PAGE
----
The Modern Law Review
© The Modern Law Review Limited
Edited By: Julia Black
Impact Factor: 0.407
ISI Journal Citation Reports © Ranking: 2012: 98/138 (Law)
Online ISSN: 1468-2230
Contributions to and correspondence concerning the various sections of the Review should be sent to the relevant Section Editor as follows
Professor Hugh Collins, Law Department, London School of Economics, Houghton Street, London, WC2A 2AE
Professor David Kershaw, Law Department, London School of Economics, Houghton Street, London, WC2A 2AE
Professor Andrew Murray, Law Department, London School of Economics, Houghton Street, London, WC2A 2AE
Legislation and Reports
Professor Maria Lee, Faculty of Laws, University College London, Bentham House, Endsleigh Gardens, London WC1H 0EG
Dr. Dev Gangjee, Faculty of Law, University of Oxford & St Hilda's College, Cowley Place, Oxford, OX4 1DY
Dr Jo Braithwaite, Law Department, London School of Economics, Houghton Street, London, WC2A 2AE
Dr Helen Reece, Law Department, London School of Economics, Houghton Street, London, WC2A 2AE
Books for Review, Review Articles and Reviews
Dr Charlie Webb, Law Department, London School of Economics, Houghton Street, London WC2A 2AE
Dr Gregoire Webber, Law Department, London School of Economics, Houghton Street, London WC2A 2AE
Manuscripts accepted for publication must be set out according to the Modern Law Review house style.
Please observe the following:
1. Articles should be submitted as an email attachment to firstname.lastname@example.org.
Case comments should be submitted as an email attachment to email@example.com. Legislation and Report comments should be submitted as an email attachment to firstname.lastname@example.org; email@example.com. Book reviews and review articles should be submitted as an email attachment to C.E.Webb@lse.ac.uk; firstname.lastname@example.org (Note the submission of reviews and review articles should be agreed in advance with the reviews editor). In all cases both the text and the footnotes/endnotes must be double spaced, with margins on both sides. A statement of the number of words, including and excluding footnotes should be included.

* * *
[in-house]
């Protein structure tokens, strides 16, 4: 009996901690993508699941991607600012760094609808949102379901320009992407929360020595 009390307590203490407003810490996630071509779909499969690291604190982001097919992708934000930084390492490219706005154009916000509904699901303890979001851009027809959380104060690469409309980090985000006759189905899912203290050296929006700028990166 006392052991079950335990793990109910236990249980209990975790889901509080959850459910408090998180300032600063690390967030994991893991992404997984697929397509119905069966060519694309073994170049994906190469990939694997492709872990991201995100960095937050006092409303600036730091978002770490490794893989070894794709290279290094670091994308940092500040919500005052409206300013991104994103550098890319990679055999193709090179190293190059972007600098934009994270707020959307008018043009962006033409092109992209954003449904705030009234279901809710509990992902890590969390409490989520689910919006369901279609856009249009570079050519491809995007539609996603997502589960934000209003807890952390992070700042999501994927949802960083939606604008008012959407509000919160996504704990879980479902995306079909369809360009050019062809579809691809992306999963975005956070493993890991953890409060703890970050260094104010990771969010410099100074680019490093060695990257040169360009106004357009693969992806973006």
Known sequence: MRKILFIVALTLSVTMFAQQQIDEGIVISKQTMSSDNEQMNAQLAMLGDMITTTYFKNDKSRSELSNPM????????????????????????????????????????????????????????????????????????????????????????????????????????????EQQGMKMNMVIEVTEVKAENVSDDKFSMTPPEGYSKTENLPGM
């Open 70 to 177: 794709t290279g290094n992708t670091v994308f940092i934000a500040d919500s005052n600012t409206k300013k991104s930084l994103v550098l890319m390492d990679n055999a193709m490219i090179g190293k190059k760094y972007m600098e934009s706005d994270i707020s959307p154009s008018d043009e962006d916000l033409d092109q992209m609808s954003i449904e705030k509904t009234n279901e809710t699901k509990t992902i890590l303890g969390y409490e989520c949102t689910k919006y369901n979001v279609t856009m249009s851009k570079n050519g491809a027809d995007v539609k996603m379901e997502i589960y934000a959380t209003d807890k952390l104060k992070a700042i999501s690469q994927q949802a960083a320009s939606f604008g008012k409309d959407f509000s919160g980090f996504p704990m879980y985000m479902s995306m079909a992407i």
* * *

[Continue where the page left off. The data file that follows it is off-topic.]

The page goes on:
Articles should not normally exceed 12,000 words (excluding footnotes), Case Comments should not normally exceed 5,000 words (excluding footnotes) and Legislation and Reports comments should not normally exceed 10,000 words (excluding footnotes). In all cases and footnotes should be used only to make necessary citations rather than to provide additional text. All submissions should be accompanied by a statement that the material is not under consideration elsewhere, and that it has not been published or is not pending publication elsewhere.
To preserve the anonymity of the refereeing process, please could you confirm that you have removed all electronic versions of the paper from the internet, including any working papers on which the article is based, and that these will stay down for the duration of the refereeing process. This includes papers posted on SSRN. The editors reserve the right to refuse to continue with the refereeing process unless these have been taken down.
Authors will be required to sign an Exclusive Licence Form (ELF) for all papers accepted for publication. Signature of the ELF is a condition of publication and papers will not be passed to the publisher for production unless a signed form has been received. Please note that signature of the Exclusive Licence Form does not affect ownership of copyright in the material. (Government employees need to complete the Author Warranty sections, although copyright in such cases does not need to be assigned). After submission authors will retain the right to publish their paper in various medium/circumstances (please see the form for further details). To assist authors an appropriate form will be supplied by the editorial office. Alternatively, authors may like to download a copy of the form here.
The author's name should appear under the title, and should be asterisked, with the author's designation just above the notes.
Forms, tables and diagrams should be set out as clearly as possible, and be of sufficient quality to be reproduced. We recommend that tif files of 300 dpi are used for halftones and eps or tif files of 600 dpi are used for line art. Tables can be supplied in word format.
2. Abstracts and key words
All contributions should be preceded by a list of 5-6 keywords, eg principle subject areas, key reports, legislation and cases cited. Articles should also be preceded by a short abstract of 100-150 words. Abstracts for articles will be printed in the journal, and abstracts and key words will be posted on-line to facilitate searches by readers.
3. Review articles and book reviews
Please set out at the beginning of the review the author's name (in italics), the title of the book (in bold), the place of publication, the publisher, the number of pages, an indication of whether the book is hardback (hb) or paperback (pb) and price.
Please eliminate all headings which do not add to clarity. Headings should not be numbered but should be coded in the margin A, B or C to indicate the level of importance.